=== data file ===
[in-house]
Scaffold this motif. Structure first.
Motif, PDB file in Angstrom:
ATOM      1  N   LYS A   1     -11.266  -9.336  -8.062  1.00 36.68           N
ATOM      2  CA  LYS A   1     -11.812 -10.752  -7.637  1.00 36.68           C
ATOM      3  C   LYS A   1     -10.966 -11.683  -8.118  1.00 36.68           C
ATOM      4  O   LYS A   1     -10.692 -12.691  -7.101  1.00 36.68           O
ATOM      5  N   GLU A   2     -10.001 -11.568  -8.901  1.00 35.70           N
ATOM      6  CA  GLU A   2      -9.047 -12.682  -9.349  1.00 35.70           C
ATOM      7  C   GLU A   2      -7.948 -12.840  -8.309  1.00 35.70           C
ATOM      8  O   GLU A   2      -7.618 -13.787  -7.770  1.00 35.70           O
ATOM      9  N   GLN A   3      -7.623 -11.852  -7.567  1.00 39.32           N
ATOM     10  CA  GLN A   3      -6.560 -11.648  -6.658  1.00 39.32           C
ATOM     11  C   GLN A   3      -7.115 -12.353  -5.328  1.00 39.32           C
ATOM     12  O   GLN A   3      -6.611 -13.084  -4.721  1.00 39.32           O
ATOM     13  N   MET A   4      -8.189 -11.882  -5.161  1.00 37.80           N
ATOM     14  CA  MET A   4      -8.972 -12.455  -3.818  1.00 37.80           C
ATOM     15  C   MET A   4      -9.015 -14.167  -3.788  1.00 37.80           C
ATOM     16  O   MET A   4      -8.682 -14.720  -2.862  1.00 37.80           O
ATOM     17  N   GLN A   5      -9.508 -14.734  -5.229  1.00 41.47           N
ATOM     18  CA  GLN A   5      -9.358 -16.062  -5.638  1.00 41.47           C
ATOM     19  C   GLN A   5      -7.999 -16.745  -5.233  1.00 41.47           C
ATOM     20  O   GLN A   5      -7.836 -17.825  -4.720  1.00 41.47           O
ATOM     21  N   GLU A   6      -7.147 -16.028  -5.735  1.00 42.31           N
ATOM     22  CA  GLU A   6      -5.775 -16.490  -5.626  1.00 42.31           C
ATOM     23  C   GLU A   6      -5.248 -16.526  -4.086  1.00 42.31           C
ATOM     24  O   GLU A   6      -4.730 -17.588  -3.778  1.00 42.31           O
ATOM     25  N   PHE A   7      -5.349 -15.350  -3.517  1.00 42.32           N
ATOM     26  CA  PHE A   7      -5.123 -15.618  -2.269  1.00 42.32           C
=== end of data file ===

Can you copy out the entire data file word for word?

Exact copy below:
[in-house]
Scaffold this motif. Structure first.
Motif, PDB file in Angstrom:
ATOM      1  N   LYS A   1     -11.266  -9.336  -8.062  1.00 36.68           N
ATOM      2  CA  LYS A   1     -11.812 -10.752  -7.637  1.00 36.68           C
ATOM      3  C   LYS A   1     -10.966 -11.683  -8.118  1.00 36.68           C
ATOM      4  O   LYS A   1     -10.692 -12.691  -7.101  1.00 36.68           O
ATOM      5  N   GLU A   2     -10.001 -11.568  -8.901  1.00 35.70           N
ATOM      6  CA  GLU A   2      -9.047 -12.682  -9.349  1.00 35.70           C
ATOM      7  C   GLU A   2      -7.948 -12.840  -8.309  1.00 35.70           C
ATOM      8  O   GLU A   2      -7.618 -13.787  -7.770  1.00 35.70           O
ATOM      9  N   GLN A   3      -7.623 -11.852  -7.567  1.00 39.32           N
ATOM     10  CA  GLN A   3      -6.560 -11.648  -6.658  1.00 39.32           C
ATOM     11  C   GLN A   3      -7.115 -12.353  -5.328  1.00 39.32           C
ATOM     12  O   GLN A   3      -6.611 -13.084  -4.721  1.00 39.32           O
ATOM     13  N   MET A   4      -8.189 -11.882  -5.161  1.00 37.80           N
ATOM     14  CA  MET A   4      -8.972 -12.455  -3.818  1.00 37.80           C
ATOM     15  C   MET A   4      -9.015 -14.167  -3.788  1.00 37.80           C
ATOM     16  O   MET A   4      -8.682 -14.720  -2.862  1.00 37.80           O
ATOM     17  N   GLN A   5      -9.508 -14.734  -5.229  1.00 41.47           N
ATOM     18  CA  GLN A   5      -9.358 -16.062  -5.638  1.00 41.47           C
ATOM     19  C   GLN A   5      -7.999 -16.745  -5.233  1.00 41.47           C
ATOM     20  O   GLN A   5      -7.836 -17.825  -4.720  1.00 41.47           O
ATOM     21  N   GLU A   6      -7.147 -16.028  -5.735  1.00 42.31           N
ATOM     22  CA  GLU A   6      -5.775 -16.490  -5.626  1.00 42.31           C
ATOM     23  C   GLU A   6      -5.248 -16.526  -4.086  1.00 42.31           C
ATOM     24  O   GLU A   6      -4.730 -17.588  -3.778  1.00 42.31           O
ATOM     25  N   PHE A   7      -5.349 -15.350  -3.517  1.00 42.32           N
ATOM     26  CA  PHE A   7      -5.123 -15.618  -2.269  1.00 42.32           C